Arrests and jail time
Each state outlines different consequences for driving under the influence. In many states, officers who suspect a driver of being drunk can arrest the driver whether or not they submit to a breathalyzer. Many states treat a driver’s first DUI offense as a misdemeanor without a jail sentence. However, offenders may have to serve jail time if certain conditions are present, such as an unusually high blood alcohol content (BAC). If a drunk driver kills or injures someone, that driver may face prison time. Depending on the state, a DUI may come with a mandatory minimum sentence, or a judge may be given more leeway in determining an offender’s punishment.
What happens if someone is injured
If someone is injured in a drunk driving accident, the offender may be charged in both criminal and civil court. Civil court usually deals with damage payouts to the parties affected, whereas criminal court proceedings will determine whether or not the offender is guilty of certain charges and what his or her consequences will be. Possible consequences include imprisonment, fines, driver’s license revocation or suspension, community service, treatment for substance abuse and/or educational programs.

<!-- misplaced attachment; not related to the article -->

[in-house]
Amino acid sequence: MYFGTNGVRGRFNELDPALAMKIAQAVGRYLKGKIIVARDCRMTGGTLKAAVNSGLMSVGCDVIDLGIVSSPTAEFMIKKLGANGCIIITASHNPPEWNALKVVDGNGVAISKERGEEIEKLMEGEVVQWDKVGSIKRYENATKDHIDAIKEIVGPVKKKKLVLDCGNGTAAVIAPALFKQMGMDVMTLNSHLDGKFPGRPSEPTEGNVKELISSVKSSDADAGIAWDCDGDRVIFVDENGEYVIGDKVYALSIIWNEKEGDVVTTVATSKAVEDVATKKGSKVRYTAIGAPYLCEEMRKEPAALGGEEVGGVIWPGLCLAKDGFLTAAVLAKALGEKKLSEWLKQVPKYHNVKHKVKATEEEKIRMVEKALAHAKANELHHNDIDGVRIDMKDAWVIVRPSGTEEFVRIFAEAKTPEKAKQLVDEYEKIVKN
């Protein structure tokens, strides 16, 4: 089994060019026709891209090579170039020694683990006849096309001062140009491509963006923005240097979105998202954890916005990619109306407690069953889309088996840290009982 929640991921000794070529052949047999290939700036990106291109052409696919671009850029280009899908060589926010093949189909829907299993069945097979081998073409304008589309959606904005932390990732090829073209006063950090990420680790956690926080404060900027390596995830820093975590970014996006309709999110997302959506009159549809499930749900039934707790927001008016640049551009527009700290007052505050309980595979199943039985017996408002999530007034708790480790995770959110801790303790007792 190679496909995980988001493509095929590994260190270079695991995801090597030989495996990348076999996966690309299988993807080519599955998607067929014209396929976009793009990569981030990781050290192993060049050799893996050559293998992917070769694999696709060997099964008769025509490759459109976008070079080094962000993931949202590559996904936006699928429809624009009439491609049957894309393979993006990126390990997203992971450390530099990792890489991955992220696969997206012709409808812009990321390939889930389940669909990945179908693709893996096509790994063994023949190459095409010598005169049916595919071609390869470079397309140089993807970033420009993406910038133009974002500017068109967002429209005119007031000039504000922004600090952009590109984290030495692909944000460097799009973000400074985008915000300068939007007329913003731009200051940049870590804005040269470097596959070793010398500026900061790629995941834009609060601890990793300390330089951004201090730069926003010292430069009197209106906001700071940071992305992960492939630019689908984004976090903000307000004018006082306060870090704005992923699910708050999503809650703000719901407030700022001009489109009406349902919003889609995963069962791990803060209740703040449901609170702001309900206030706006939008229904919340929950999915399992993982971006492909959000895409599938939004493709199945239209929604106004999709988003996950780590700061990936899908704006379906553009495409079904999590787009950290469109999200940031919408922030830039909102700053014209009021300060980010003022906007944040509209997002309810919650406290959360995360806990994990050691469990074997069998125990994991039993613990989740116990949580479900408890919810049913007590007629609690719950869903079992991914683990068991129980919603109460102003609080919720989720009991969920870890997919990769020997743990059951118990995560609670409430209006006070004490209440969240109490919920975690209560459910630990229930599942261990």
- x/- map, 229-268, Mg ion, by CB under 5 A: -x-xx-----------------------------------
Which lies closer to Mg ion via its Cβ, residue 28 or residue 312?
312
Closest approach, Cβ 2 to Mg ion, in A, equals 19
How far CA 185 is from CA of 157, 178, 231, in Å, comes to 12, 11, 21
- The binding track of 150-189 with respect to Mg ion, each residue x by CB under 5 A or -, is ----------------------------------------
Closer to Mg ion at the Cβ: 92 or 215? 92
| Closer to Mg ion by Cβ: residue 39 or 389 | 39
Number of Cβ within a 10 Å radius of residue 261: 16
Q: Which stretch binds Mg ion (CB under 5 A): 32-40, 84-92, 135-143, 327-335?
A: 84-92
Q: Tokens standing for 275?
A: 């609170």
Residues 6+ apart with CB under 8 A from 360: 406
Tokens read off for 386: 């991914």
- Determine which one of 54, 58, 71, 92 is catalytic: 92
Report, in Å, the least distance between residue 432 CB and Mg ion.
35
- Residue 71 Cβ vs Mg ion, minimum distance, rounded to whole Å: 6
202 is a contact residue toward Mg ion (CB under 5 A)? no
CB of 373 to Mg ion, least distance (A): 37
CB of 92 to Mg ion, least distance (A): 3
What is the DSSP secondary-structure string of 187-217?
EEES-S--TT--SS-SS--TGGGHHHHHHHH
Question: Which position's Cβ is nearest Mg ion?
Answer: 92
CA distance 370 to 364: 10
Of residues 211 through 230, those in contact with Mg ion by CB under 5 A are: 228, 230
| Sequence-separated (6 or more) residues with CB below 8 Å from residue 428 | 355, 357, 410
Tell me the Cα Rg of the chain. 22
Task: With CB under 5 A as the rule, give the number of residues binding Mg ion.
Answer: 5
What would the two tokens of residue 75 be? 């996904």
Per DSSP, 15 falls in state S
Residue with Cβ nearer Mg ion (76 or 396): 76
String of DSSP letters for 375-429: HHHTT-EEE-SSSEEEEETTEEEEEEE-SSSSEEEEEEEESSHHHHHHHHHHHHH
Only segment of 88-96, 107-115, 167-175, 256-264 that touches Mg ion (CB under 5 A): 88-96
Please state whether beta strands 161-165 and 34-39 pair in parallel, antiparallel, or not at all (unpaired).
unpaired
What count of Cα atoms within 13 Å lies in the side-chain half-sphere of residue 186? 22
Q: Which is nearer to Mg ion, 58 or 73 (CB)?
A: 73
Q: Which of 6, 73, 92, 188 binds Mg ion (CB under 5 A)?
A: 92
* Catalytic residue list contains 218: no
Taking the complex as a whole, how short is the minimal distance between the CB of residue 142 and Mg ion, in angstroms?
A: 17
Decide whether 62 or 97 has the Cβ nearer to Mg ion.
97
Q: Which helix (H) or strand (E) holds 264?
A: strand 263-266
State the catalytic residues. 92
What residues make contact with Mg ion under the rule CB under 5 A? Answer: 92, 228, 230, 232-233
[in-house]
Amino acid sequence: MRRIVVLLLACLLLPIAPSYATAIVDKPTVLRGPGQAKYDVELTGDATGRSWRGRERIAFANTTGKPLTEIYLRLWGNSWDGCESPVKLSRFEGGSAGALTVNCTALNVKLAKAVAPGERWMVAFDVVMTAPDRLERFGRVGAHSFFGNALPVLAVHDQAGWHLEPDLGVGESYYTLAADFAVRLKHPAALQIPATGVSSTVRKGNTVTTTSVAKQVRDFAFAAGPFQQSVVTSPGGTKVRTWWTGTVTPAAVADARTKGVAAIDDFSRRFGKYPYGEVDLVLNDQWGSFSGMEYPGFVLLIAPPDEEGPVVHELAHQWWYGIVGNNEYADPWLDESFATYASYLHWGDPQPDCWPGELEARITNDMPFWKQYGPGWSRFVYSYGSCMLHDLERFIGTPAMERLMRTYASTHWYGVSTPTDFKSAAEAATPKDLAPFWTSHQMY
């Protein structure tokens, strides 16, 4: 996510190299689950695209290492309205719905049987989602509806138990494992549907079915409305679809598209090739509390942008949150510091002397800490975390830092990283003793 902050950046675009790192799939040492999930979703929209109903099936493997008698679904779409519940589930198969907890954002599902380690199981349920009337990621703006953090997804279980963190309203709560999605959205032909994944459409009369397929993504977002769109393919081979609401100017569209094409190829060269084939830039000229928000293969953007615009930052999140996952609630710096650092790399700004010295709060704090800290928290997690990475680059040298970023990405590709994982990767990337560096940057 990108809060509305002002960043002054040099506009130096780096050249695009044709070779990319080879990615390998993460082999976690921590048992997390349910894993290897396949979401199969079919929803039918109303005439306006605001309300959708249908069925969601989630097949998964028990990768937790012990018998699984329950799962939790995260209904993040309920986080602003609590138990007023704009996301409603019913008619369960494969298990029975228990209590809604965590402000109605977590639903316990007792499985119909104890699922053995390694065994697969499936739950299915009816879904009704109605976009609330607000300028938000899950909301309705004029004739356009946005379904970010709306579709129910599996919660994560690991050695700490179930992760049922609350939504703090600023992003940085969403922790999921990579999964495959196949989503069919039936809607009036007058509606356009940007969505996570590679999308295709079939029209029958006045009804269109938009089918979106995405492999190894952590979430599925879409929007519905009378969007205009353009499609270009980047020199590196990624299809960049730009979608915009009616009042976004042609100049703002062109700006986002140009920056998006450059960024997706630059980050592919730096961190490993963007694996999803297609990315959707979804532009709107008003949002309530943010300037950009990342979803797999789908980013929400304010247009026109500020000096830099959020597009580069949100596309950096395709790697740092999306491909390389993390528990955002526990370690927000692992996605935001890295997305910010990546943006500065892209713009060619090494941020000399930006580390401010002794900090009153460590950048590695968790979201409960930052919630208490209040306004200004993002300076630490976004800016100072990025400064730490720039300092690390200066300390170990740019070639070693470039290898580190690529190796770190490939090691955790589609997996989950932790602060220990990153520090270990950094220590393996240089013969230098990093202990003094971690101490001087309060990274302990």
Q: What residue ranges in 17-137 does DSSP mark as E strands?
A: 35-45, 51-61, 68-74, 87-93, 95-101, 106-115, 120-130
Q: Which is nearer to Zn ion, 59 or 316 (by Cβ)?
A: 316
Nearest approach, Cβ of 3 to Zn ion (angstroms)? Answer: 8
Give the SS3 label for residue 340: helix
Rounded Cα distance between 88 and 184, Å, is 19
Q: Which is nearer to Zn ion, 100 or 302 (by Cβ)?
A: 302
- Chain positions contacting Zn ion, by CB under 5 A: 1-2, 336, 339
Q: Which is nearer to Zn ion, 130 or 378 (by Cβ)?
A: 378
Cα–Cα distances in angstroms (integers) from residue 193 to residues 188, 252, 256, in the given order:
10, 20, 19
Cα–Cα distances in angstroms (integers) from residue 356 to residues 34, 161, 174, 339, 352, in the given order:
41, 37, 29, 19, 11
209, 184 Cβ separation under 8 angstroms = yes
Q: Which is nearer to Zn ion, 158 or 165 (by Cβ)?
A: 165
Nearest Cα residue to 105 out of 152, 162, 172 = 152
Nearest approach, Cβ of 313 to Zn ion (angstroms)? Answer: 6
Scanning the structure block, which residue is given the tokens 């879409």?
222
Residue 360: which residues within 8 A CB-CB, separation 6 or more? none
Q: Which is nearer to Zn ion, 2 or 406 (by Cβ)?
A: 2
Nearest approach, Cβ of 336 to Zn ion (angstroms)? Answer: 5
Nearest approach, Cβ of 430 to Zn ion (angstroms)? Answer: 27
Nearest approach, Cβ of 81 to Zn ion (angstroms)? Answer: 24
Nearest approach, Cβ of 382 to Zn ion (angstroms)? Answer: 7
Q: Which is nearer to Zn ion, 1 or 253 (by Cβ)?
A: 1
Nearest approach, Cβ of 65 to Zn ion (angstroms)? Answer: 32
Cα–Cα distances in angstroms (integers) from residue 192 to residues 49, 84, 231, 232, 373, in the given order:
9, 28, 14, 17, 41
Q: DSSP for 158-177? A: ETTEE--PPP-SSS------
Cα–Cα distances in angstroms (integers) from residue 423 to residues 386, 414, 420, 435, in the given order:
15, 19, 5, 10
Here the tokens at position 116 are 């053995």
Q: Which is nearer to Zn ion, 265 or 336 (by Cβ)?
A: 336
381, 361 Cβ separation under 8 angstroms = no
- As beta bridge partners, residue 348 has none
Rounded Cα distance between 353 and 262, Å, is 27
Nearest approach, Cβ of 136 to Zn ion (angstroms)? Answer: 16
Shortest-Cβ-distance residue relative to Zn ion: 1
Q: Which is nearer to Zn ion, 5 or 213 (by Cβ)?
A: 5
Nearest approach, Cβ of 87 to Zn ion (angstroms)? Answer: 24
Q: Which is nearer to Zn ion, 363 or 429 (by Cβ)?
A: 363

License revoked vs. suspended
Typically, a driver’s license suspension is a set period of time wherein a driver is not permitted to drive. During a suspension, you may be able to get a hardship license, which allows you to drive for specific reasons like work or rehab. A license revocation typically cancels your driver’s license without the ability to reinstate it.
DUIs can be extremely expensive. Fines typically range between $500 and over $2,000. Offenders may also be required to purchase equipment such as interlock devices (IIDs) out-of-pocket. These devices test a driver’s BAC and disable the vehicle if the driver’s BAC is higher than a certain level.
Car insurance after a DUI